With the growing pressure to scale pipeline and revenue, the best companies are at the cutting edge of using data to drive decision making. That makes an impeccable data strategy the lifeblood of your go-to-market strategy.
Looking through the sales and marketing lens in particular, our most recent meetup, Building a Data Strategy for Operational Efficiency, was dedicated to learning how operations leaders are using data to align their go-to-market organizations around the right data opportunities and how this has helped them drive operational efficiency to grow their businesses faster.
Defining Operational Efficiency
Simply put, operational efficiency means automating tasks - ultimately shifting people's ability to focus more time on high-value work rather than wasting time on cyclical (and unrewarding) low-value tasks. This also carries through to improved culture, which leads to stable businesses with happy customers.
Castelán breaks this process down into three steps: (1) automating grunt work so that people can focus on more challenging problems, (2) delivering data quickly and transparently without overwhelming the end user to keep the flow of information agile, and (3) matching the right resources to the right tasks. This requires being purposeful about prioritization of time and being intentional about rejecting certain tasks that aren't worth it. For every organization this will materialize differently based on business objectives, but a good measure of success for operational efficiency is revenue per headcount.
Using Data to Achieve Efficiencies
Data is a bridge between systems and systems. An effective data strategy will be responsible for distributing information so that teams can talk to each other and always be operating in real-time. For example, campaign data needs to be transferred from marketing to sales so that reps have the right context to follow up with leads. Without the right data foundation, this communication between marketing and sales breaks down.
Pitta uses data to achieve efficiencies in three ways:
People and Process: Removing tedious tasks and using a tool to set up automations and kick off program steps automatically. For example, Wordpress post, Marketo flows, or CRM triggers.
Go-to-Market: Prioritizing the right accounts so time is spent on the highest-value prospects. For example, planning sales territories by the distribution of high-value accounts and enriching data on top prospects or choosing conferences based on target account attendance.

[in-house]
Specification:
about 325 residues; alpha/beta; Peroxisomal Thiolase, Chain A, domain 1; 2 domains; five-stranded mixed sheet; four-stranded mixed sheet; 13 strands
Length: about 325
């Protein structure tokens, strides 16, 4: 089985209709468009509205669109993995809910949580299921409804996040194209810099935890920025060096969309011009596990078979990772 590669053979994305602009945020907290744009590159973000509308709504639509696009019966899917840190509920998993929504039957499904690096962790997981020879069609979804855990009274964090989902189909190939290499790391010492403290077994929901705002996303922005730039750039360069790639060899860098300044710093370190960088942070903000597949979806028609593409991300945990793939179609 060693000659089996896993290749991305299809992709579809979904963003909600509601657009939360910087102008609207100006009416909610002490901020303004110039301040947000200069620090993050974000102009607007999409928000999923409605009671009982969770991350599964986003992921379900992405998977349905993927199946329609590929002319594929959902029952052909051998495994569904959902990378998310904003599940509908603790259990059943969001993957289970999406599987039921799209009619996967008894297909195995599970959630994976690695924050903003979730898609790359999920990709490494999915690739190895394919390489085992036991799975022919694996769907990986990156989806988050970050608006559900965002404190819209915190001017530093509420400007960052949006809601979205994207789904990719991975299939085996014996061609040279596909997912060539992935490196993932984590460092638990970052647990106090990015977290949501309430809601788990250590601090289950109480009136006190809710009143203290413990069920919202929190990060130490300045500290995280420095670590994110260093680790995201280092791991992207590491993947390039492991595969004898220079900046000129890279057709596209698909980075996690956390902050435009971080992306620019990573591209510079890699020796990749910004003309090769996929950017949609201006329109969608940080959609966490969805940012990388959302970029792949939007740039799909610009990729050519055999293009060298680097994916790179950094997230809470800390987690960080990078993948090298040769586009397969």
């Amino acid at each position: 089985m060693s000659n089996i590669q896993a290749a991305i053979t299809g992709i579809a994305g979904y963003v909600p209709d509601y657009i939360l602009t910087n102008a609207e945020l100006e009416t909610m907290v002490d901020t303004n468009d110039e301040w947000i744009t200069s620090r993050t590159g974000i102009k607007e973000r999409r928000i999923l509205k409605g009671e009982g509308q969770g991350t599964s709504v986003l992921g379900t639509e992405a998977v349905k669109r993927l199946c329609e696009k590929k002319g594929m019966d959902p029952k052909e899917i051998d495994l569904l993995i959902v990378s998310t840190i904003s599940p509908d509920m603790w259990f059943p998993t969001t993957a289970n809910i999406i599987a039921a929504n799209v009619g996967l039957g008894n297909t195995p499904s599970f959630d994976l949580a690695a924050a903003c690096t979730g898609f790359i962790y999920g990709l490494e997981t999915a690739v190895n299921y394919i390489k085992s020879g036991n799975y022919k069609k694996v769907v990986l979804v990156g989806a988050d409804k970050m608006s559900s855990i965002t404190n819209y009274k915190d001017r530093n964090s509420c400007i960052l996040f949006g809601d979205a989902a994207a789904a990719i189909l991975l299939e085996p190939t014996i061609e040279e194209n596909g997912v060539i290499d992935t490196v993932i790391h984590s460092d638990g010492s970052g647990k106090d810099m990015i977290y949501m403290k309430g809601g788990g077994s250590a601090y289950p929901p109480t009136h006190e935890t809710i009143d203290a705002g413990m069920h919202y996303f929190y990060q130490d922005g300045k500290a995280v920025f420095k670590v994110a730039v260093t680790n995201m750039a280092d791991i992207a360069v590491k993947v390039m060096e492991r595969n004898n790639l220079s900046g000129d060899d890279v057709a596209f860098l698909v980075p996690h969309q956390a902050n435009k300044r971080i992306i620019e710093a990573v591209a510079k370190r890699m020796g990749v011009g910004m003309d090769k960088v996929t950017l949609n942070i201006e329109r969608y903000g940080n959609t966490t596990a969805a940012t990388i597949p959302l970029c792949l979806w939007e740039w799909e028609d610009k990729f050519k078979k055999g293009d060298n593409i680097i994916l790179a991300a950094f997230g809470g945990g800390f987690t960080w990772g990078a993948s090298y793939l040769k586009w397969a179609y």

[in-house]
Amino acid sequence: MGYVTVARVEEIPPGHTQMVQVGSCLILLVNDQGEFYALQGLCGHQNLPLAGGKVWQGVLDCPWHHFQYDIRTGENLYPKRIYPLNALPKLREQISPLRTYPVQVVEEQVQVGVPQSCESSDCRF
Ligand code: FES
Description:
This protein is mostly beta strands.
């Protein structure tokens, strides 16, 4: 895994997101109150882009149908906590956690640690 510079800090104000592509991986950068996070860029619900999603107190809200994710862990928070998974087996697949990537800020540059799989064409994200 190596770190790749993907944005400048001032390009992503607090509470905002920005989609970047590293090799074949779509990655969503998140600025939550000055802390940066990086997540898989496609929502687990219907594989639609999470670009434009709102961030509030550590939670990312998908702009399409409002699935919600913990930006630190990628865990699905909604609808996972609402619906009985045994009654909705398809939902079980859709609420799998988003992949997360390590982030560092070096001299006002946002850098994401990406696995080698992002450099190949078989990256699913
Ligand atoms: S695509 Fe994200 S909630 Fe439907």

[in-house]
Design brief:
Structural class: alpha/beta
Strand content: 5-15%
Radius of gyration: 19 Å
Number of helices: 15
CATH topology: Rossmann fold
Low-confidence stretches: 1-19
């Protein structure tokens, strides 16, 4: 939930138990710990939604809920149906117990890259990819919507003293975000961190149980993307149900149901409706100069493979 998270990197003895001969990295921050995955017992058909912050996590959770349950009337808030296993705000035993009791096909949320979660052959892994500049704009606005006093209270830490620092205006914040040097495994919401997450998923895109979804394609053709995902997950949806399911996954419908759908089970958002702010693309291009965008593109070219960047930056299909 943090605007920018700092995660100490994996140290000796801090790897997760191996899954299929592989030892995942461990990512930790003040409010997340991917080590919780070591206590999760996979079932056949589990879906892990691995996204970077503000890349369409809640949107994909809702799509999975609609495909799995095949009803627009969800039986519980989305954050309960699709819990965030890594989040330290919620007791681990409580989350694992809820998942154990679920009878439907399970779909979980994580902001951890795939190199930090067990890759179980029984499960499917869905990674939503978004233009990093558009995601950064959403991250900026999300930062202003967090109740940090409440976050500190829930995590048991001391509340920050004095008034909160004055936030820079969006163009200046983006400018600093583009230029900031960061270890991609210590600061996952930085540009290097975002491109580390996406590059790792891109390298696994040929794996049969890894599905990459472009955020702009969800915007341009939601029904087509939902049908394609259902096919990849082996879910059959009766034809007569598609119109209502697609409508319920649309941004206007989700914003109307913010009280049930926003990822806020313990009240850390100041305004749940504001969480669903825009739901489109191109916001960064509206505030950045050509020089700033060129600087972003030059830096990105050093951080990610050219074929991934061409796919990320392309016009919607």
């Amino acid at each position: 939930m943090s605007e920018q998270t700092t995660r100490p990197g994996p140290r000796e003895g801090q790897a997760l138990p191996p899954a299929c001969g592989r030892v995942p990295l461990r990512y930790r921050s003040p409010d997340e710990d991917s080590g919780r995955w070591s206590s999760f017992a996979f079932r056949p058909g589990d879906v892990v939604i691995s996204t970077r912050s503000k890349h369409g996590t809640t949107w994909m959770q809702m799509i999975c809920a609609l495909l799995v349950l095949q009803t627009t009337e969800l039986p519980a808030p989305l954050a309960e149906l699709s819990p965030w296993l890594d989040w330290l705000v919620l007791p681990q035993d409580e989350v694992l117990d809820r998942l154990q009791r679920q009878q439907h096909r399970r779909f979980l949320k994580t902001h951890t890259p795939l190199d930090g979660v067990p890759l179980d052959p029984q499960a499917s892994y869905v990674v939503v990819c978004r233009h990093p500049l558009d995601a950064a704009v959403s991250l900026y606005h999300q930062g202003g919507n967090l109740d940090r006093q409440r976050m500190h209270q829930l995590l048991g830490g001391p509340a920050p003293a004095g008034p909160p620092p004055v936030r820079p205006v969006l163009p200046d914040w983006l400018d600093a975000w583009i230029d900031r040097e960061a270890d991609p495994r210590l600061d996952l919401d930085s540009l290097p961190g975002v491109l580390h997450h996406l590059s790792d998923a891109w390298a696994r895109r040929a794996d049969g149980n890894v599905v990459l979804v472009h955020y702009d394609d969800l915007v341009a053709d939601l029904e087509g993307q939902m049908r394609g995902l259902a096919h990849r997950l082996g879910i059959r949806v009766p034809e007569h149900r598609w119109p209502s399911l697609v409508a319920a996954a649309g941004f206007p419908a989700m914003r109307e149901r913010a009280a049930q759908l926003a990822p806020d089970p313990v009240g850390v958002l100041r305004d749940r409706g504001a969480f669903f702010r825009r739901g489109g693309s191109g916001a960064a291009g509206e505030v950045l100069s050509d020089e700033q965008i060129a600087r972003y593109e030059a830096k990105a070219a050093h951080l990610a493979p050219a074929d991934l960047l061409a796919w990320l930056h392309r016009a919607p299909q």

Products: Putting the right content in front of the right person at the right time based on buying stage. For example, BrightTALK's Ada which recommends content and will ultimately answer questions based on the knowledge on BrightTALK.
Data doesn't come without its challenges, most commonly siloed databases prevent us from getting all the data sources in one view. That inherently creates a roadblock to looking across data and understanding what data you may have and what data is missing. Tools like DataFox act as a front end query tool, combining first and third party data to provide a comprehensive data view. Then, there's the issue of what type of data needs prioritization. Account-based approaches have been driving revenue and aligning sales and marketing but ultimately key data points like contact info will always remain important. Finding the right mix of data tools and a balance to data distribution are two key steps in providing the right context at the right times without data overload.
"Last week we had 45,000 calls that made 6 million changes to our database, so everything is happening in real-time and its important to understand how we can use this data to be more relevant in our outreach initatives." - David Pitta, Chief Marketing Officer at BrightTALK
Data is an excellent resource, but can also be really crippling if not deployed correctly. To get it right, it's about relevance and your ability to be more informed and confident in your decision making process. Am I eliminating grunt work? Is what I'm doing making your life easier? While it's important to get feedback and measure internal success, it's equally important to improve the customer experience with timely, relevant content. Are you progressing people through the customer journey? Do you understand customer velocity and conversion? Your data strategy should account for operational efficiencies for internal teams as well as customers, ultimately driving revenue efficiency.
With the speed at which data becomes stale, your data strategy is an ongoing project. It's therefore important to build a tactical plan and implement a quality foundation. Castelán highlights some of the key steps so continuous maintenance and updates are hassle free:
Protect Your Points of Entry: Identify how data is entering your systems and make sure you stop any bleeding first and foremost.
Clean Existing Data: Get a comprehensive look at what data you have and the quality of that data by updating and deduping records.
Data Governance: Establish rules of governance, deciding which employees and/or vendors have authority over your data.
Add New Data Sets: Understand current data scope and evaluate data vendors, making sure to verify for coverage and accuracy.
Integrate Across Systems: Establish your data strategy as the single source of truth, making sure data integrates across systems and teams.
With a quality data strategy at the heart of your organization, not only can you drive operational efficiency but also informed business decision making to achieve revenue efficiency.